Sheep Farmer Convicted After Placing Jars Of Baby Food Laced With Metal Shards In Tesco
A farmer has been found guilty of lacing three jars of baby food with shards of metal and putting them on shelves in two Tesco supermarkets.
Nigel Wright, from Market Rasen, Lincolnshire, was convicted of two counts of contaminating goods and a further three of blackmail for demanding £1.4 million ($1.8m) in bitcoin from the supermarket giant in exchange for revealing where he had hidden the poisoned food.
He was charged with tainting one jar at a Tesco in Lockerbie, Scotland, and a further two at a store in Rochdale between May 2018 and February 2020.
Wright admitted to placing a jar in Lockerbie, but denied planting the other two in the Tesco in Rochdale.
The 45-year-old was also found guilty of a further count of blackmail after demanding a driver give him £150,000 ($196,000) in cryptocurrency following a road rage altercation.
The court heard that Wright allegedly sent dozens of letters to Tesco claiming he would tell them where the contaminated items were if they met his demands.
He was later tracked down to his home, where officers discovered photos of the baby food on his computer.
A draft letter to Tesco said: "Imagine a baby's mouth cut open and blood pouring out, or the inside of their bellies cut and bleeding.
"You pay, you save them."
He signed the letter off with, 'Guy Brush and the Dairy Pirates'.
Wright had told the court he was part of a group of disgruntled farmers who were angry at the low price they received for their milk.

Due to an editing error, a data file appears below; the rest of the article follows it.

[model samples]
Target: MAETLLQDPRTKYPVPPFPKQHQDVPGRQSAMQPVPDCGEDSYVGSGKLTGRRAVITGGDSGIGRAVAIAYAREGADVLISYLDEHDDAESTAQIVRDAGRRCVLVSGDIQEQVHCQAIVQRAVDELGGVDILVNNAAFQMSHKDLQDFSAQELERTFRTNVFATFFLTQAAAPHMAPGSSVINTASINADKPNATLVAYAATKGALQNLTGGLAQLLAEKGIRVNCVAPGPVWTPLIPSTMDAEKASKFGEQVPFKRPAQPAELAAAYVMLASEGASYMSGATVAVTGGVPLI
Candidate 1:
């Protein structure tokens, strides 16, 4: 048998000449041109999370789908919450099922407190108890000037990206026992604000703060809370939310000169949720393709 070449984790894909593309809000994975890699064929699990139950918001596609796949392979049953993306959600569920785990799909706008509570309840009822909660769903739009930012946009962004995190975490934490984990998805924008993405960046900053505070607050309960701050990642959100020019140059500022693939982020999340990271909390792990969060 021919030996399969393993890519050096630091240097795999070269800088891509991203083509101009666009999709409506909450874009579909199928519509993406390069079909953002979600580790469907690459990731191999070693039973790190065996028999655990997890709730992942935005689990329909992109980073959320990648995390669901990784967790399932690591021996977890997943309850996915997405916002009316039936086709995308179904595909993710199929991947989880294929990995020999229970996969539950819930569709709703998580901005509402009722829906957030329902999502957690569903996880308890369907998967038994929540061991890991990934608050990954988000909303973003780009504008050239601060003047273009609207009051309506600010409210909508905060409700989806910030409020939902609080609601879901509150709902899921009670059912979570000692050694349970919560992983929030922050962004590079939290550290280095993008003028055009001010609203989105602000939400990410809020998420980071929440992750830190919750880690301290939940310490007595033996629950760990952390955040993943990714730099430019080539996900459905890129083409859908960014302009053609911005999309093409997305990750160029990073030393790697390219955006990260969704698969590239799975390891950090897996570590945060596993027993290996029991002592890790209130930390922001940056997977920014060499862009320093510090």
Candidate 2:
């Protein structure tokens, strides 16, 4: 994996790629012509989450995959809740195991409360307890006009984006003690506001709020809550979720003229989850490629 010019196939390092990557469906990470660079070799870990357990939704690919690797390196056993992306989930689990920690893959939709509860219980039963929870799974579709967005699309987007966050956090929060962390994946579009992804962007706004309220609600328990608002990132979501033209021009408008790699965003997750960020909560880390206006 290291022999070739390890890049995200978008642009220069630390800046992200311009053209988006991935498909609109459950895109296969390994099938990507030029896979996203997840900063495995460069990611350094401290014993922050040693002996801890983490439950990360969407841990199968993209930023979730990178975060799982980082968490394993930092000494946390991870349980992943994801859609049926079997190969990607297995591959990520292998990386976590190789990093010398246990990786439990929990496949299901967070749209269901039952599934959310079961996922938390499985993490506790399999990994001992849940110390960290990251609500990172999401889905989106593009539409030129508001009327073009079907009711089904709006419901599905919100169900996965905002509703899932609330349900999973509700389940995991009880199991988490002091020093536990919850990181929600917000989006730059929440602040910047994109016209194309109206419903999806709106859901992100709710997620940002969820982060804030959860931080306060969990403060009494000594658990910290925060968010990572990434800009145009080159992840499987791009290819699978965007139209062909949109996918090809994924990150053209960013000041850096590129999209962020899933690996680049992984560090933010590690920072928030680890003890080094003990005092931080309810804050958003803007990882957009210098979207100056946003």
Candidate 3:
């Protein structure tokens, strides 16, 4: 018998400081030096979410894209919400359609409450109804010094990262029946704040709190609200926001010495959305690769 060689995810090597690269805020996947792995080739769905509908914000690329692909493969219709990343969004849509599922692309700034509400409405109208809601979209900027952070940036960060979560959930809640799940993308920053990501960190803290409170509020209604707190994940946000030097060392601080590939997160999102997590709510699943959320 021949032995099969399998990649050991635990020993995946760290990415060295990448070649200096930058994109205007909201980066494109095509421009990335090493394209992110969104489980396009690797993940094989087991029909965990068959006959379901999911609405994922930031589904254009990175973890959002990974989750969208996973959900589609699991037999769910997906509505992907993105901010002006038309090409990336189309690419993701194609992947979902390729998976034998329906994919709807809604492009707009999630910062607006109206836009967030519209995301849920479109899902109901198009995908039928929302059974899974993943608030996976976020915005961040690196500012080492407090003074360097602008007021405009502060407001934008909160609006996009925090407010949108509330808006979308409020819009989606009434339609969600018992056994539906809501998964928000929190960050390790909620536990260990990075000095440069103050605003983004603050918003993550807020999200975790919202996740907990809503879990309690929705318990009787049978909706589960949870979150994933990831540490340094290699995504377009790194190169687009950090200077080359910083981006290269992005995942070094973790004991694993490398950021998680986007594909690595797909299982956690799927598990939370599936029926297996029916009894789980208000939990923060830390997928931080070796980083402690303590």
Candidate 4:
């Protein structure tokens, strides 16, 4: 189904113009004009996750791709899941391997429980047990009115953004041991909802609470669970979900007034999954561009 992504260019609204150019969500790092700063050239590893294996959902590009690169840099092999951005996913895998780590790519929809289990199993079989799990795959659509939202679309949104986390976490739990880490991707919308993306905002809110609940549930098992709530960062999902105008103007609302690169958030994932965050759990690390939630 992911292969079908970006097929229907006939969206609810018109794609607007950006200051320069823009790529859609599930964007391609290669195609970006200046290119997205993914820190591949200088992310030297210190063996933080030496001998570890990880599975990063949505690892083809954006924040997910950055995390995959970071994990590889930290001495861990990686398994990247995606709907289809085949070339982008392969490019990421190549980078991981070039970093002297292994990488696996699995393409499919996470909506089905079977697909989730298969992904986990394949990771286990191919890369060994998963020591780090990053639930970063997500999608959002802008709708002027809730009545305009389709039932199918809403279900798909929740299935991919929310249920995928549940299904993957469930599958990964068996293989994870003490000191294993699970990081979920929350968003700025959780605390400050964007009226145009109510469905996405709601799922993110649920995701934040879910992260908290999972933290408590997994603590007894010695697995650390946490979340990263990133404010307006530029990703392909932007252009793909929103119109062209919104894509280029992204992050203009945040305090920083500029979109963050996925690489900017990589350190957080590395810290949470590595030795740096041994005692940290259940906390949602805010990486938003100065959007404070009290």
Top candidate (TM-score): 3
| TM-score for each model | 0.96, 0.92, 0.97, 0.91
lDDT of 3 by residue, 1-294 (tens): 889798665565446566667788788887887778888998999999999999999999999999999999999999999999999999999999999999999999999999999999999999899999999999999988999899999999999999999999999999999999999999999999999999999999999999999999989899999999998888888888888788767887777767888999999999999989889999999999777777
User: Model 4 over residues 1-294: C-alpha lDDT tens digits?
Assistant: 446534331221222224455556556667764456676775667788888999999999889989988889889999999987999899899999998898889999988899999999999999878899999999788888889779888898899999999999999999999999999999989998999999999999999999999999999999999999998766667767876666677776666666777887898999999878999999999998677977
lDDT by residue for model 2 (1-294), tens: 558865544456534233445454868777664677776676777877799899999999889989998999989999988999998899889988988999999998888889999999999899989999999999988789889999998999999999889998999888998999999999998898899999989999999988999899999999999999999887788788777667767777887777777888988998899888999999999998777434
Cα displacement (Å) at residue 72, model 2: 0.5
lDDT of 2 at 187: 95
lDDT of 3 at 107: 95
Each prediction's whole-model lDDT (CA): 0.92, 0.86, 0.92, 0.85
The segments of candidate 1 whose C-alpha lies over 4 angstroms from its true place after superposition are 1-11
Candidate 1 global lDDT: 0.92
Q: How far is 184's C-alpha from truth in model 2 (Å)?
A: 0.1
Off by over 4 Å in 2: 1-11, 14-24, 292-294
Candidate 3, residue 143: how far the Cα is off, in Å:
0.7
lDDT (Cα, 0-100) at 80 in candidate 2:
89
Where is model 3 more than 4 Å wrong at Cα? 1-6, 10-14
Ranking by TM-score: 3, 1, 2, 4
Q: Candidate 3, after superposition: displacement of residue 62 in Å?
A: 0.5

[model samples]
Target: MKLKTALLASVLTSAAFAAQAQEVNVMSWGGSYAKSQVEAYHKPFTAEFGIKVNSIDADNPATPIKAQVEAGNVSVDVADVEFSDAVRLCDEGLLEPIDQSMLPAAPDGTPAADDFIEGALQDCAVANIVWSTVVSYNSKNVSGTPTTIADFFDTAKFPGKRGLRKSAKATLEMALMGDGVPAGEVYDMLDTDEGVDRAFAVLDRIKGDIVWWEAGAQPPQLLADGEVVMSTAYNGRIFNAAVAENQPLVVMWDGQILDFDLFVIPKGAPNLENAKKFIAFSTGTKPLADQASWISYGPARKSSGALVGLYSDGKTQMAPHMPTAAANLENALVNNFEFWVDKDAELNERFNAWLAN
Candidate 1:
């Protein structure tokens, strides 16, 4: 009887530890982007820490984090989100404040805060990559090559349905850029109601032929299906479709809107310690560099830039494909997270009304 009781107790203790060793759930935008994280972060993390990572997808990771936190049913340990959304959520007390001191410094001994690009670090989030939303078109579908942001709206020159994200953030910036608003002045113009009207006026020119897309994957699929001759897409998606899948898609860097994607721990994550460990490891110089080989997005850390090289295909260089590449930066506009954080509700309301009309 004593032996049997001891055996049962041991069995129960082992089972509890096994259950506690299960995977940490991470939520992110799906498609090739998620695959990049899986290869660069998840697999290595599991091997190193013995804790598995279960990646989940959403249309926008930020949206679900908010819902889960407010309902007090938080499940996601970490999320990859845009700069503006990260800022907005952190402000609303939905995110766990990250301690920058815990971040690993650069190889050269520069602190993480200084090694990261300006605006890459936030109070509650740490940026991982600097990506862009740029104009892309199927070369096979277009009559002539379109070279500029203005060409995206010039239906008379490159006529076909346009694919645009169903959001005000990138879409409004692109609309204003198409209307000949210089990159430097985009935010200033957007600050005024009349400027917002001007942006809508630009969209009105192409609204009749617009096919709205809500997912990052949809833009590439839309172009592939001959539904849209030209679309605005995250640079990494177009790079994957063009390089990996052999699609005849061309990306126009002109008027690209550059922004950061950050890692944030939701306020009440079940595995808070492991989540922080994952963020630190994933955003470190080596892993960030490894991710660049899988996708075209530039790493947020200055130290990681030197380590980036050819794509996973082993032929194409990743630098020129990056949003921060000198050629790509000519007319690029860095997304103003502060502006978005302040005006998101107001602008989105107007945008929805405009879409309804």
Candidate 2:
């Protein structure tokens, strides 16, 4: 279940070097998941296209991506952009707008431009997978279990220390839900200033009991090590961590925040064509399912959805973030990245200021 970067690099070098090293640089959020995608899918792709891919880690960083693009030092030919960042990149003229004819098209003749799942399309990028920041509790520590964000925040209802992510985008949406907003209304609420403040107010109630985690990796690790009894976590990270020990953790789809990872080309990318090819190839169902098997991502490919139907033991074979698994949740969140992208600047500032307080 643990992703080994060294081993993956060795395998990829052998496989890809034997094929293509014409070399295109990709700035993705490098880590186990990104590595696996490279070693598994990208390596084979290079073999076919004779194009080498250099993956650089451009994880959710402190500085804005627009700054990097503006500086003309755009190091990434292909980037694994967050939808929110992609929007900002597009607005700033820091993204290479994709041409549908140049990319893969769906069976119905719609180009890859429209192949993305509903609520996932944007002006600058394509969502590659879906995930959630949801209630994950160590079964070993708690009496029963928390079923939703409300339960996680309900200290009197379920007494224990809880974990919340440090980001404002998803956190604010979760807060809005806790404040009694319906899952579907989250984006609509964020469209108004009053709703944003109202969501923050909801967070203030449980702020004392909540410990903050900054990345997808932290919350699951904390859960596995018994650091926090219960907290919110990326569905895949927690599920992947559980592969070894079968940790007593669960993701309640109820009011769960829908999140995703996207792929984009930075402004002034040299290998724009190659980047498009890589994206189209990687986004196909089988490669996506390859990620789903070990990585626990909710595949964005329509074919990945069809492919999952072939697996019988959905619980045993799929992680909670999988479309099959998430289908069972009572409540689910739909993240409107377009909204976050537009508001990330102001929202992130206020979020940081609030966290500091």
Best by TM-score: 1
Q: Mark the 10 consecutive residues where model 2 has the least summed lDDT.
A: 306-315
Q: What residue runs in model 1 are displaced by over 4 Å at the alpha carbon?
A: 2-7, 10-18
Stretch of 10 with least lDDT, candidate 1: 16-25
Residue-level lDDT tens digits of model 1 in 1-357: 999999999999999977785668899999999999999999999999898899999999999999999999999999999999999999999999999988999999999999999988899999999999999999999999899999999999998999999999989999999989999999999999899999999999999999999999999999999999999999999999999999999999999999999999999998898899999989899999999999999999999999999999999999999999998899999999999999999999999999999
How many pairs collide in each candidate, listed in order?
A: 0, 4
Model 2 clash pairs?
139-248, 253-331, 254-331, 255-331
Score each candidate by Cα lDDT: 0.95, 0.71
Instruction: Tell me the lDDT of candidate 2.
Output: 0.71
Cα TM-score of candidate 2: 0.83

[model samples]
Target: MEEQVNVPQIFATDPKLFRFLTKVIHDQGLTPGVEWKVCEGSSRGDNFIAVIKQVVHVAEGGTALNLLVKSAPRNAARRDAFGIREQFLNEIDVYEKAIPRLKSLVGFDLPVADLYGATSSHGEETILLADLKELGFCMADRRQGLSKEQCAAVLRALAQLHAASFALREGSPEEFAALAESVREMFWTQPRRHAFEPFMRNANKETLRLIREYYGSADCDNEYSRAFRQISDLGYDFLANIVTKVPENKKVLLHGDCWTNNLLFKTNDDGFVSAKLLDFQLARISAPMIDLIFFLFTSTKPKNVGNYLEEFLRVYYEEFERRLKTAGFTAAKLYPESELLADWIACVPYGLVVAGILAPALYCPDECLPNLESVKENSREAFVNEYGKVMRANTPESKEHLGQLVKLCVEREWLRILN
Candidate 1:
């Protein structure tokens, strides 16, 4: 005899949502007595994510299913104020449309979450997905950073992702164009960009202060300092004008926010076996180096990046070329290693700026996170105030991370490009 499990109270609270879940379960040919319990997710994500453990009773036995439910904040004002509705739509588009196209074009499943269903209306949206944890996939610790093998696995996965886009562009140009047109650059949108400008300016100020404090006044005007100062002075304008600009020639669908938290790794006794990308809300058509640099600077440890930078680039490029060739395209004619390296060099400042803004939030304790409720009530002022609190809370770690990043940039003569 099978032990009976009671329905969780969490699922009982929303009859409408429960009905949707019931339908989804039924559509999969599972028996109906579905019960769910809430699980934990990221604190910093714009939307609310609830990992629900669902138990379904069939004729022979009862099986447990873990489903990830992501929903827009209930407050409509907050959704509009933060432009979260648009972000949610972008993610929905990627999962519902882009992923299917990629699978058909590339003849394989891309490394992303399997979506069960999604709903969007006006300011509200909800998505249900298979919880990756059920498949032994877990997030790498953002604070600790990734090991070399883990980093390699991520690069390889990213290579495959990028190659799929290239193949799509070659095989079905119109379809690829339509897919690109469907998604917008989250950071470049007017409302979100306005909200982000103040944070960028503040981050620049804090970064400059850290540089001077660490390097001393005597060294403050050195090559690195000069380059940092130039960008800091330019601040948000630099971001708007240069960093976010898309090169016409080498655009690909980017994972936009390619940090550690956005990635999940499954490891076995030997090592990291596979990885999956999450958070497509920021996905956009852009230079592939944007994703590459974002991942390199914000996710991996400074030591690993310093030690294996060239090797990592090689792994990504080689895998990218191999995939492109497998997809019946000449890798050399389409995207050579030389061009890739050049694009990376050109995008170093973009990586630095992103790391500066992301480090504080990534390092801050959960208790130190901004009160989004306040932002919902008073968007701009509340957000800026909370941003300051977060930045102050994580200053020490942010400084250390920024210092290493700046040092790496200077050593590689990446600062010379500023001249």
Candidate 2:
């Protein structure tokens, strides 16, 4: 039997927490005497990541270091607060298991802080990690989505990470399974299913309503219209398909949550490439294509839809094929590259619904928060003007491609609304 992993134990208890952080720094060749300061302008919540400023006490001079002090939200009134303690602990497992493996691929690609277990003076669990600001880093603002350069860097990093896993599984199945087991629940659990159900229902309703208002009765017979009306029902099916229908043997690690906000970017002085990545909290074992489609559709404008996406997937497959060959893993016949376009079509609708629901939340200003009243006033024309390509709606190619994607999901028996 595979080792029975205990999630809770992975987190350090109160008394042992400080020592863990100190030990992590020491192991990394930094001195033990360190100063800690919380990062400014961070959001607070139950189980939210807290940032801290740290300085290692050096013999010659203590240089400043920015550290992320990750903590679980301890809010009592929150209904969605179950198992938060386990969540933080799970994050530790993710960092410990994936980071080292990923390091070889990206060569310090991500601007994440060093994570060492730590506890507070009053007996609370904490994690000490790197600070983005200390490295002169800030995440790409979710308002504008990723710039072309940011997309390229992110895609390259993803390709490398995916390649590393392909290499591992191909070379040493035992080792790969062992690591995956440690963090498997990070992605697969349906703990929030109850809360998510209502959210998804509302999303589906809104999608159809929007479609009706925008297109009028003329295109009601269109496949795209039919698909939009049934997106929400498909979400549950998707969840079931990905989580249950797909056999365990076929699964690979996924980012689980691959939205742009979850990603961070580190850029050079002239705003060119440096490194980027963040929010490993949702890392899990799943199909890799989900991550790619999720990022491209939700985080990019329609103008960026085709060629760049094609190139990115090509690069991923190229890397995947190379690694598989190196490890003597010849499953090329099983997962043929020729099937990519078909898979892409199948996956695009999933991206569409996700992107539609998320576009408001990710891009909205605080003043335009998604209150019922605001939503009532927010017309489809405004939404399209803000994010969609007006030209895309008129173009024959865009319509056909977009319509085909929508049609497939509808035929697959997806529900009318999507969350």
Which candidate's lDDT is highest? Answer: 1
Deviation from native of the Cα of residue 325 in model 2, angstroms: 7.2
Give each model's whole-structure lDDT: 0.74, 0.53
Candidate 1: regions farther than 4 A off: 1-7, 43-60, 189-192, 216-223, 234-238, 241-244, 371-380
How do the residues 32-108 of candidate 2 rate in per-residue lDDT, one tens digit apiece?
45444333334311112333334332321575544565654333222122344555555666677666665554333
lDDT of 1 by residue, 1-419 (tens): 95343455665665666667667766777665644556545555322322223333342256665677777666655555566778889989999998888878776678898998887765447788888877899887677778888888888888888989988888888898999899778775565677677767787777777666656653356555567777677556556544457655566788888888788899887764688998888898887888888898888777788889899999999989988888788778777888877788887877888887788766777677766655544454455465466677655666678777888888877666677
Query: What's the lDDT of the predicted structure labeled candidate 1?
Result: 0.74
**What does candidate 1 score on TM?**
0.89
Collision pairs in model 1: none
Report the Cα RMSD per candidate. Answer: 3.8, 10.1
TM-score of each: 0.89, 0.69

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He also claimed he had been threatened by travellers to blackmail the supermarket after an altercation where he fired a warning shot with his shotgun at a group of men who he spotted on his land looking for scrap metal.
Wright told the court that the travellers threatened to rape his wife and hang his children 'from the trees' if he didn't do what they wanted.
He also claimed they told him to rob a bank or blackmail a supermarket by poisoning food in order to get the money they demanded.
During the trial, which concluded at the Old Bailey today (20 August), it was heard that while shopping at the Tesco in Lockerbie, Wright spent £30 ($39) on a bunch of flowers for his primary school teacher wife and a bottle of wine for dinner.
Two mothers spoke of their horror after they almost fed the contaminated food to their babies.
Morven Smith, from Lockerbie, said she was feeding her 10-month-old son a portion of Heinz sweet and sour chicken baby food when, luckily, she spotted the blades.
Harprett Kaur Singh, from Rochdale, also contacted Tesco to inform them that she spotted sharp pieces of metal while feeding her nine-month-old daughter.
The court heard that Ms Singh threw the jar away, only to find more blades in another jar of baby food she had purchased.
Following the shocking discoveries, Tesco recalled 42,000 jars of baby food, though no more contaminated items have been found.
Wright will be sentenced on 28 September.
Featured Image Credit: Hertfordshire Constabulary